How to Scale Seedlings

How to scale without adding overhead

6 min read
John Jantsch

Every business wants to grow, but you need to balance that objective with a long-term outlook to ensure that as you scale, you’re not adding unnecessary overhead. In this article, we’ll look at how to scale by leveraging the tools and technology you need to boost productivity and get results.

Focus on what works

How To Scale Telescope
Photo: Drew Coffman on Unsplash

At the end of the day, scalability comes down to figuring out how to narrow your focus and hone in on what’s working well, and that means taking a closer look at the numbers. What is the ROI on everything you do on a day-to-day basis? What steps can you take to maximize that ratio of effort to reward?

For most small businesses, answering that question boils down to addressing what actually generates leads and, more specifically, looking at how effective you are at converting those leads into sales.

Basically, it all comes down to efficiency.

If an email blast results in a lot more traffic, whether of the physical or digital variety, then you’ve identified a great channel for building leads. From there, you need to focus on what you’re doing with those leads, and how efficiently you’re getting those people to say yes.

Conversely, if you have a channel that doesn’t have a lot of leads but the conversion rate is very high, then you’ve identified a funnel you need to feed more effectively. What are the ways you can maximize that funnel and get more people through it?

If you’re having trouble, a good way to get started is to work backward.

You know who your sales are, so look closely at their buying journey: where it started, where they may have switched from “maybe” to “yes,” and how you can make that journey easier for future customers.

If you don’t have that data, figure out how you can get more information on your buyers going forward.

Do a tune-up on your referral engine

The next place to look in terms of making improvements to what you’re already doing is your referrals. We’ve discussed how to create a referral engine here, but let’s go over the basics of why this is important. Research shows that referrals are the best way to consistently generate warm leads and, more importantly, turn those leads into even more referrals.

When you’re looking to scale, you want to look at how your business is generating referrals, and what you can do to make that happen more consistently.

One of the first questions to ask is if you’re teaching your customers how to refer you. If your small business depends on reviews, are you making it easy for customers to get to your Yelp, Google or Amazon listing and give you a rating in only a few clicks?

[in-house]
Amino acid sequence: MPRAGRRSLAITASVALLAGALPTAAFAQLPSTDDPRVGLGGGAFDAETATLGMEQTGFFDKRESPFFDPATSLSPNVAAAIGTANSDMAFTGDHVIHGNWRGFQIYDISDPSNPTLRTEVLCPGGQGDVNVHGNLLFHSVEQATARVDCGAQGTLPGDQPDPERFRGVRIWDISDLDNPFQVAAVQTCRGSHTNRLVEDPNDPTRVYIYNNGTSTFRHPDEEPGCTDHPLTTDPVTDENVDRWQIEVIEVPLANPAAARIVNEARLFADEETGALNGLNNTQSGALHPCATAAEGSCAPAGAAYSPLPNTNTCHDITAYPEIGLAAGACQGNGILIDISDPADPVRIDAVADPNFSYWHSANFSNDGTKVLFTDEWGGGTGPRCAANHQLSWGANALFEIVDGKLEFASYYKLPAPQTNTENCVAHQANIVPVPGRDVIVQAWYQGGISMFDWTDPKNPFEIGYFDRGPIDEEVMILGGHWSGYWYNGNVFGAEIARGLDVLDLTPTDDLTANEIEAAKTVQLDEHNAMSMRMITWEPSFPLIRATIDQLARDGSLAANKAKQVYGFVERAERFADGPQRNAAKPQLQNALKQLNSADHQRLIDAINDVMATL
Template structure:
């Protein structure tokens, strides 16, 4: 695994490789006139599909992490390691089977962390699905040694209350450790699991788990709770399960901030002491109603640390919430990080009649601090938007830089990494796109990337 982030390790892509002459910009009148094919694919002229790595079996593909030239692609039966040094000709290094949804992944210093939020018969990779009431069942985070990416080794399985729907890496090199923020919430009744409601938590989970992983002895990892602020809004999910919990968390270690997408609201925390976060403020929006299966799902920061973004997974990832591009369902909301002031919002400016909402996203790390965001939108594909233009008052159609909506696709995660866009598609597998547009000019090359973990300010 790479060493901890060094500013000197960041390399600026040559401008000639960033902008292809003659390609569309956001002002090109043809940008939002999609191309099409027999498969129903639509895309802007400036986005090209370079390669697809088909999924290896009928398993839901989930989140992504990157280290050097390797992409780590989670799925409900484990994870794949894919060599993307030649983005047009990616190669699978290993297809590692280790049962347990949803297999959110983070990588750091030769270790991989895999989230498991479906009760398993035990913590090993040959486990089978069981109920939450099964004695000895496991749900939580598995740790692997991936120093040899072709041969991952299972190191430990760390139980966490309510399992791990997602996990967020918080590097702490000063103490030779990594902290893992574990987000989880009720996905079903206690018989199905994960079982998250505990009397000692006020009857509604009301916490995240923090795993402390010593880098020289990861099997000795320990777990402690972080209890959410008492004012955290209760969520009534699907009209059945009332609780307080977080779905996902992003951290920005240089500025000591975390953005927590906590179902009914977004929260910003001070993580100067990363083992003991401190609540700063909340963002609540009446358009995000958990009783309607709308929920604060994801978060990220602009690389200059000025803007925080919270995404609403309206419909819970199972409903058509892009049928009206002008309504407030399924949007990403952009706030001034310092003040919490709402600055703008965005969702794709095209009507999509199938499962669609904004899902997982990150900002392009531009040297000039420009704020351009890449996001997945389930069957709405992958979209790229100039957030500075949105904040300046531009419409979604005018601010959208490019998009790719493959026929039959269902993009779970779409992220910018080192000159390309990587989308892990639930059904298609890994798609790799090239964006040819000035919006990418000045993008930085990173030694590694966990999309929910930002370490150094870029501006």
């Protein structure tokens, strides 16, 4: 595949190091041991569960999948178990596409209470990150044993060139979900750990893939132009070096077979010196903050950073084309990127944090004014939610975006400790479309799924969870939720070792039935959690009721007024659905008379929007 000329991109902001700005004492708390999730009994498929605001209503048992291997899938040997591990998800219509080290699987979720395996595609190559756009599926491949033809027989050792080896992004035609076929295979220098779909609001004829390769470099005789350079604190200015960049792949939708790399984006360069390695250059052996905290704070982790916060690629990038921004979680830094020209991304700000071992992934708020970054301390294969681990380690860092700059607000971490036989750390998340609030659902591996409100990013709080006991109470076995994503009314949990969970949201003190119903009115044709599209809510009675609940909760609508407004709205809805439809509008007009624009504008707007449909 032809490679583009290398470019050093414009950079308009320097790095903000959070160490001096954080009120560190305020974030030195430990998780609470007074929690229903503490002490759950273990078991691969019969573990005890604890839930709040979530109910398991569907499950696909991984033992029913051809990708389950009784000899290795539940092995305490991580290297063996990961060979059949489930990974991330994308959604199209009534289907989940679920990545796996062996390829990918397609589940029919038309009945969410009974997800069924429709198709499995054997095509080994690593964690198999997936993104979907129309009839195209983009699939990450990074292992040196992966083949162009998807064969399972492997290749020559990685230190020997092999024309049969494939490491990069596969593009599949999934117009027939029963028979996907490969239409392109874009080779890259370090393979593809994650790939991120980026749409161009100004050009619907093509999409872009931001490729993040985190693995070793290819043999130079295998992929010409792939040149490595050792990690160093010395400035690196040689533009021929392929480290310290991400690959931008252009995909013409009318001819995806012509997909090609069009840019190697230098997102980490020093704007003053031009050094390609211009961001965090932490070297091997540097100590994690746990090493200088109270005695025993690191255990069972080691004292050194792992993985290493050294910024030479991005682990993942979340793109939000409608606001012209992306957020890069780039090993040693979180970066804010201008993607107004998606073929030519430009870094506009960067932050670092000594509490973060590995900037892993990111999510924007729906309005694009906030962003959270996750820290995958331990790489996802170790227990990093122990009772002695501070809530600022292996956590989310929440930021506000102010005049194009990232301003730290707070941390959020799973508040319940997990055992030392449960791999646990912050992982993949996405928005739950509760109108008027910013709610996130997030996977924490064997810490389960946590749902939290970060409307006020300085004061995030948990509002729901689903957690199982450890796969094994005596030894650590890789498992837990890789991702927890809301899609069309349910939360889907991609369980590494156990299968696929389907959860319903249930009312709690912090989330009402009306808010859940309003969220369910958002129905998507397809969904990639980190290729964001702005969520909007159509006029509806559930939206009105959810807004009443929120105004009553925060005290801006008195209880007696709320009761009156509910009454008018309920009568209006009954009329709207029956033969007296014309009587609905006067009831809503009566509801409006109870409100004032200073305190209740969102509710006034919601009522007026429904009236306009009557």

Email automation is a great way to get better at this, without the need to implement some sort of complicated tracking system. Persistence pays off, but you also don’t want to push that line too far and cross over into being annoying. Make sure you capture an email address at the point of sale and then follow up a couple of times: once immediately after purchase and then again after they’ve had some time to use your product or service.

And don’t be afraid to look for ways to incentivize reviews.

Implementing some sort of reward system for referrals can offer a great ROI, and a thoughtful gift can transform a buyer into a bonafide brand champion. Don’t be afraid to be honest about how beneficial a positive review can be to your business either, and let your customers know how much you appreciate it — it makes a difference.

Learn how to scale by delegating

If you want to scale, you need to be obsessed with delegation. You need to focus on process. Instead of asking how you can do everything that needs to get done, you need to ask yourself how you can get someone else to take care of it.

To put it simply: just because you know how to do everything doesn’t mean you should be the one to do it.

A good place to start is to take inventory of every task you currently do for your business and how much time you spend on each in an average week. Don’t leave anything out! Anything that you spend time on in the course of a given day or month should be included. Once you have your list, you can start categorizing by importance, and secondarily by things you hate doing, things you must do and things you can’t do.

From there, you can start looking at the value each task brings to the business and the cost required to have someone else do it. Keep in mind, there are probably some things that you’re doing right now that a specialist would be able to do far more effectively, such as content writing or bookkeeping.

After you’ve run the numbers, you’ll have a pretty clear picture of where you can improve. Tasks that aren’t that valuable to your business, but that you spend a lot of time on, are clear candidates for delegation. You should also run down the list of tasks that you hate doing and see if any of those make sense to hand off to someone else — they’ll probably be more efficient than you are, which means you get more bang for your buck.

Building your small business for growth

When it comes down to it, learning how to scale without adding overhead is all about finding ways to capitalize on what you’re already doing well. Find ways to work backward from what’s effective, and see if you can boost either the input or the output. Most importantly, make sure you’re spending your own time effectively — time can be more valuable than money. And, if you want to scale, you need to be sure you’re maximizing both.